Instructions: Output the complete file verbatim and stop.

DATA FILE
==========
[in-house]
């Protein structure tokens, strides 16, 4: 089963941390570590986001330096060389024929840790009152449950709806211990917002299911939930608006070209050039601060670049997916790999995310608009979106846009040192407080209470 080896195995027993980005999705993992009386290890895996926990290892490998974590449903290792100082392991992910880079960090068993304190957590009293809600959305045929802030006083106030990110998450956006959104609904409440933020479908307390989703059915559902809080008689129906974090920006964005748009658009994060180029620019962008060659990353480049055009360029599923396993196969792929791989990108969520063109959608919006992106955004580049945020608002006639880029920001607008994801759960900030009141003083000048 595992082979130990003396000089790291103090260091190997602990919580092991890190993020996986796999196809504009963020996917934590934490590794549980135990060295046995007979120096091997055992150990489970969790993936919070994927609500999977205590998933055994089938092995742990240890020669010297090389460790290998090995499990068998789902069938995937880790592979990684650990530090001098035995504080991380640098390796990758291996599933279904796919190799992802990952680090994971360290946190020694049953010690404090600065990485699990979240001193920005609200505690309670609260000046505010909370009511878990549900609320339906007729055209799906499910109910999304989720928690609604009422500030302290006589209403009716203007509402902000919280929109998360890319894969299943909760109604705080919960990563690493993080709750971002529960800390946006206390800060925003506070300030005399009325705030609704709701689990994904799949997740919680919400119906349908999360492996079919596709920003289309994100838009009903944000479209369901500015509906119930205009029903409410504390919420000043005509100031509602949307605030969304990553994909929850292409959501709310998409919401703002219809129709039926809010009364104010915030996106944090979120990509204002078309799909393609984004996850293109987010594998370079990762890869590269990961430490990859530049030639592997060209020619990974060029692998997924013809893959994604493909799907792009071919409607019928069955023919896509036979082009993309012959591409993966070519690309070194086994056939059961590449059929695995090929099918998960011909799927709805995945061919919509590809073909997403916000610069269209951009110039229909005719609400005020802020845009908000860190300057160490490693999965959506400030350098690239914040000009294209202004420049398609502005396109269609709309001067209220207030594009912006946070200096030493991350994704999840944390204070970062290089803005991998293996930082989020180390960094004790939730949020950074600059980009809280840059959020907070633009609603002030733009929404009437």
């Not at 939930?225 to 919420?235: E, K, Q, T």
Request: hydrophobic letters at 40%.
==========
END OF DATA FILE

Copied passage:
[in-house]
């Protein structure tokens, strides 16, 4: 089963941390570590986001330096060389024929840790009152449950709806211990917002299911939930608006070209050039601060670049997916790999995310608009979106846009040192407080209470 080896195995027993980005999705993992009386290890895996926990290892490998974590449903290792100082392991992910880079960090068993304190957590009293809600959305045929802030006083106030990110998450956006959104609904409440933020479908307390989703059915559902809080008689129906974090920006964005748009658009994060180029620019962008060659990353480049055009360029599923396993196969792929791989990108969520063109959608919006992106955004580049945020608002006639880029920001607008994801759960900030009141003083000048 595992082979130990003396000089790291103090260091190997602990919580092991890190993020996986796999196809504009963020996917934590934490590794549980135990060295046995007979120096091997055992150990489970969790993936919070994927609500999977205590998933055994089938092995742990240890020669010297090389460790290998090995499990068998789902069938995937880790592979990684650990530090001098035995504080991380640098390796990758291996599933279904796919190799992802990952680090994971360290946190020694049953010690404090600065990485699990979240001193920005609200505690309670609260000046505010909370009511878990549900609320339906007729055209799906499910109910999304989720928690609604009422500030302290006589209403009716203007509402902000919280929109998360890319894969299943909760109604705080919960990563690493993080709750971002529960800390946006206390800060925003506070300030005399009325705030609704709701689990994904799949997740919680919400119906349908999360492996079919596709920003289309994100838009009903944000479209369901500015509906119930205009029903409410504390919420000043005509100031509602949307605030969304990553994909929850292409959501709310998409919401703002219809129709039926809010009364104010915030996106944090979120990509204002078309799909393609984004996850293109987010594998370079990762890869590269990961430490990859530049030639592997060209020619990974060029692998997924013809893959994604493909799907792009071919409607019928069955023919896509036979082009993309012959591409993966070519690309070194086994056939059961590449059929695995090929099918998960011909799927709805995945061919919509590809073909997403916000610069269209951009110039229909005719609400005020802020845009908000860190300057160490490693999965959506400030350098690239914040000009294209202004420049398609502005396109269609709309001067209220207030594009912006946070200096030493991350994704999840944390204070970062290089803005991998293996930082989020180390960094004790939730949020950074600059980009809280840059959020907070633009609603002030733009929404009437």
């Not at 939930?225 to 919420?235: E, K, Q, T």
Request: hydrophobic letters at 40%.